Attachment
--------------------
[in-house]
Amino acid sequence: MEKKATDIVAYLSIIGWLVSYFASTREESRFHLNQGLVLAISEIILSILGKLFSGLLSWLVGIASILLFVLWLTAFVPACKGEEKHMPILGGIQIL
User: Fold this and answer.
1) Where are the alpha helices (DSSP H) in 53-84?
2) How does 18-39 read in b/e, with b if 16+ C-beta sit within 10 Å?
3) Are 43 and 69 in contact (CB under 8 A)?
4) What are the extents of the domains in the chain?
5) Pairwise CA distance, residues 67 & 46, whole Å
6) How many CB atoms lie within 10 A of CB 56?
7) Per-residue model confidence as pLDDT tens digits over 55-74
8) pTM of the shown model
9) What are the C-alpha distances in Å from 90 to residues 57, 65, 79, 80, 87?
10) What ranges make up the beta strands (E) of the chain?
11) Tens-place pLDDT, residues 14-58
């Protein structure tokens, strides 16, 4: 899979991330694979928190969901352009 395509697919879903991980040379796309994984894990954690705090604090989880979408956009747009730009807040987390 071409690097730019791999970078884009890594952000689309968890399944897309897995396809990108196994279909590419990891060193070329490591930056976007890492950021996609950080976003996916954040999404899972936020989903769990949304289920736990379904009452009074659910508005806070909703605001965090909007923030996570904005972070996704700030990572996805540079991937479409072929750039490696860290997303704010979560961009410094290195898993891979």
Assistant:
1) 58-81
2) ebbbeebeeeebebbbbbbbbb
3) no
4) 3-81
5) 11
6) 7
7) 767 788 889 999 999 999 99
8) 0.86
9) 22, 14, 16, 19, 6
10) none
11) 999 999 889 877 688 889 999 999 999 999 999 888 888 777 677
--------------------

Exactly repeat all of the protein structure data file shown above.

[in-house]
Amino acid sequence: MEKKATDIVAYLSIIGWLVSYFASTREESRFHLNQGLVLAISEIILSILGKLFSGLLSWLVGIASILLFVLWLTAFVPACKGEEKHMPILGGIQIL
User: Fold this and answer.
1) Where are the alpha helices (DSSP H) in 53-84?
2) How does 18-39 read in b/e, with b if 16+ C-beta sit within 10 Å?
3) Are 43 and 69 in contact (CB under 8 A)?
4) What are the extents of the domains in the chain?
5) Pairwise CA distance, residues 67 & 46, whole Å
6) How many CB atoms lie within 10 A of CB 56?
7) Per-residue model confidence as pLDDT tens digits over 55-74
8) pTM of the shown model
9) What are the C-alpha distances in Å from 90 to residues 57, 65, 79, 80, 87?
10) What ranges make up the beta strands (E) of the chain?
11) Tens-place pLDDT, residues 14-58
């Protein structure tokens, strides 16, 4: 899979991330694979928190969901352009 395509697919879903991980040379796309994984894990954690705090604090989880979408956009747009730009807040987390 071409690097730019791999970078884009890594952000689309968890399944897309897995396809990108196994279909590419990891060193070329490591930056976007890492950021996609950080976003996916954040999404899972936020989903769990949304289920736990379904009452009074659910508005806070909703605001965090909007923030996570904005972070996704700030990572996805540079991937479409072929750039490696860290997303704010979560961009410094290195898993891979």
Assistant:
1) 58-81
2) ebbbeebeeeebebbbbbbbbb
3) no
4) 3-81
5) 11
6) 7
7) 767 788 889 999 999 999 99
8) 0.86
9) 22, 14, 16, 19, 6
10) none
11) 999 999 889 877 688 889 999 999 999 999 999 888 888 777 677